"The Mass is the center of our lives, not because it takes us away from our worldly involvements, but because it empowers us to deal with those involvements in the name and with the energy of Christ, Himself"

- Quote from Catholic Etiquette

Some Basic Catholic Etiquette

Receiving Communion is permissible either in the hand or directly on the tongue. If Communion is to be received in the hand, one hand should be placed on top of the other in the form of a cross. The hands chould be elevated enough for easy placement by the priest, deacon or extra-ordinary minister of communion. After receiving the Host, step to the side and place it into your mouth. Those who wish to receive on the tongue should tilt their heads back slightly and extend their tongue.

Be sure the ringers on cell phones or pagers are turned off before entering the church.

Our arrival time and first gestures should reflect reverence. Arrive ten to fifteen minutes early to ensure parking, seating, a short, silent prayer prior to the start of Mass.

After Communion, it is appropriate to remain kneeling until the priest returns to his seat.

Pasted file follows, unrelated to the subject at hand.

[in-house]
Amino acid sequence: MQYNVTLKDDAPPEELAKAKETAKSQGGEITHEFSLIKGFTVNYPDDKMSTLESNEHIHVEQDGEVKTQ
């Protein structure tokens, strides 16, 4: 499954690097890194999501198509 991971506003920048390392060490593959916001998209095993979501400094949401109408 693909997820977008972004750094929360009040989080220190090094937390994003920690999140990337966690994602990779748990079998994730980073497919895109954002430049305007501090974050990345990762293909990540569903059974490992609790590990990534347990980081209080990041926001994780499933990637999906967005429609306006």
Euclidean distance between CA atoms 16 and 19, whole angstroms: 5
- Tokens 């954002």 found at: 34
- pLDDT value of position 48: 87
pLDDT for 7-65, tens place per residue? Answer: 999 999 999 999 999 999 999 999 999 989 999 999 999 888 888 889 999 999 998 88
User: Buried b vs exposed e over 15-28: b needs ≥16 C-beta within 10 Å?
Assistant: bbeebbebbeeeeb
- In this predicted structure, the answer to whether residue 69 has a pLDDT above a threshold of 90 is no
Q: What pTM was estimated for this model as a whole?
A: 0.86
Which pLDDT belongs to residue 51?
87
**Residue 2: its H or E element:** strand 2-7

Try to be timely. It is distracting when people arrive to Mass late.

When in the pew, you should quietly pray to yourself or meditate. This is not the time to socialize with your friends. If you must talk, make it brief and whisper.

During Mass, it's for quiet except at the appropriate times. Do not allow your children to wander the aisles and be disruptive. When the child is not settling, consider taking them to the Narthex. Once they have calmed down, please feel free to bring them back into the congregation.

When you are sick, it is polite not to shake hands because of the risk of spreading germs. You can politely say, "Peace be with you".

The final part of Mass is singing a last hymn. It is courteous to stay until the song is over. Leaving beforehand, on a weekly basis, is considered rude behavior.

Stained Glass